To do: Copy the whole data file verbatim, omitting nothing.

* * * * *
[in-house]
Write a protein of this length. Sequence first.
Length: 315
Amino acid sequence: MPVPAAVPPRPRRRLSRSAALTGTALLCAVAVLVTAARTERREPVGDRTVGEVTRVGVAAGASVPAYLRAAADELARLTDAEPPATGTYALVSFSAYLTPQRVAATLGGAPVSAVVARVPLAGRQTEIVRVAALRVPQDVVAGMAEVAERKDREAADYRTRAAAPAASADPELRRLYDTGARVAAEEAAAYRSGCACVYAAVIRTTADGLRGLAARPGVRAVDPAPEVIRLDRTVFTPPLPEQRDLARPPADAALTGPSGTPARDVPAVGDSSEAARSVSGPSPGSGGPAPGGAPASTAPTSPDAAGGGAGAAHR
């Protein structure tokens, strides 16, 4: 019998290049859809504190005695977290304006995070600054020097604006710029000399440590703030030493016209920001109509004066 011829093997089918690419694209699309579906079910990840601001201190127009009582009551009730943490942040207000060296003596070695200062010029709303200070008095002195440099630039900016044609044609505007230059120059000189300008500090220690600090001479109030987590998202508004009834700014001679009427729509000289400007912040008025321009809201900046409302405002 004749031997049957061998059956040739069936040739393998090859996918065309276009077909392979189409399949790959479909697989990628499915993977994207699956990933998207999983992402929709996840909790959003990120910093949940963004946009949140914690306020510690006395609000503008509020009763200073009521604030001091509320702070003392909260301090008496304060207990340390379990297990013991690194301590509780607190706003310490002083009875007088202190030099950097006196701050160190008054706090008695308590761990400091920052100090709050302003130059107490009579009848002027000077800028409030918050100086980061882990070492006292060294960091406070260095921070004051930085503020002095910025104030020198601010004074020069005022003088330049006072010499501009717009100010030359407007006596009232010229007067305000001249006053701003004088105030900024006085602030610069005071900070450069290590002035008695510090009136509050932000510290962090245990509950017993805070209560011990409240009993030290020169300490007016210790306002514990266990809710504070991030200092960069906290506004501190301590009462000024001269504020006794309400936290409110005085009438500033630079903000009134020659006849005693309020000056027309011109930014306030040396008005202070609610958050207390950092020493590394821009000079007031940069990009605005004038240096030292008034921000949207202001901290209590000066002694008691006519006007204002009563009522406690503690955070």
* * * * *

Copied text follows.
[in-house]
Write a protein of this length. Sequence first.
Length: 315
Amino acid sequence: MPVPAAVPPRPRRRLSRSAALTGTALLCAVAVLVTAARTERREPVGDRTVGEVTRVGVAAGASVPAYLRAAADELARLTDAEPPATGTYALVSFSAYLTPQRVAATLGGAPVSAVVARVPLAGRQTEIVRVAALRVPQDVVAGMAEVAERKDREAADYRTRAAAPAASADPELRRLYDTGARVAAEEAAAYRSGCACVYAAVIRTTADGLRGLAARPGVRAVDPAPEVIRLDRTVFTPPLPEQRDLARPPADAALTGPSGTPARDVPAVGDSSEAARSVSGPSPGSGGPAPGGAPASTAPTSPDAAGGGAGAAHR
């Protein structure tokens, strides 16, 4: 019998290049859809504190005695977290304006995070600054020097604006710029000399440590703030030493016209920001109509004066 011829093997089918690419694209699309579906079910990840601001201190127009009582009551009730943490942040207000060296003596070695200062010029709303200070008095002195440099630039900016044609044609505007230059120059000189300008500090220690600090001479109030987590998202508004009834700014001679009427729509000289400007912040008025321009809201900046409302405002 004749031997049957061998059956040739069936040739393998090859996918065309276009077909392979189409399949790959479909697989990628499915993977994207699956990933998207999983992402929709996840909790959003990120910093949940963004946009949140914690306020510690006395609000503008509020009763200073009521604030001091509320702070003392909260301090008496304060207990340390379990297990013991690194301590509780607190706003310490002083009875007088202190030099950097006196701050160190008054706090008695308590761990400091920052100090709050302003130059107490009579009848002027000077800028409030918050100086980061882990070492006292060294960091406070260095921070004051930085503020002095910025104030020198601010004074020069005022003088330049006072010499501009717009100010030359407007006596009232010229007067305000001249006053701003004088105030900024006085602030610069005071900070450069290590002035008695510090009136509050932000510290962090245990509950017993805070209560011990409240009993030290020169300490007016210790306002514990266990809710504070991030200092960069906290506004501190301590009462000024001269504020006794309400936290409110005085009438500033630079903000009134020659006849005693309020000056027309011109930014306030040396008005202070609610958050207390950092020493590394821009000079007031940069990009605005004038240096030292008034921000949207202001901290209590000066002694008691006519006007204002009563009522406690503690955070």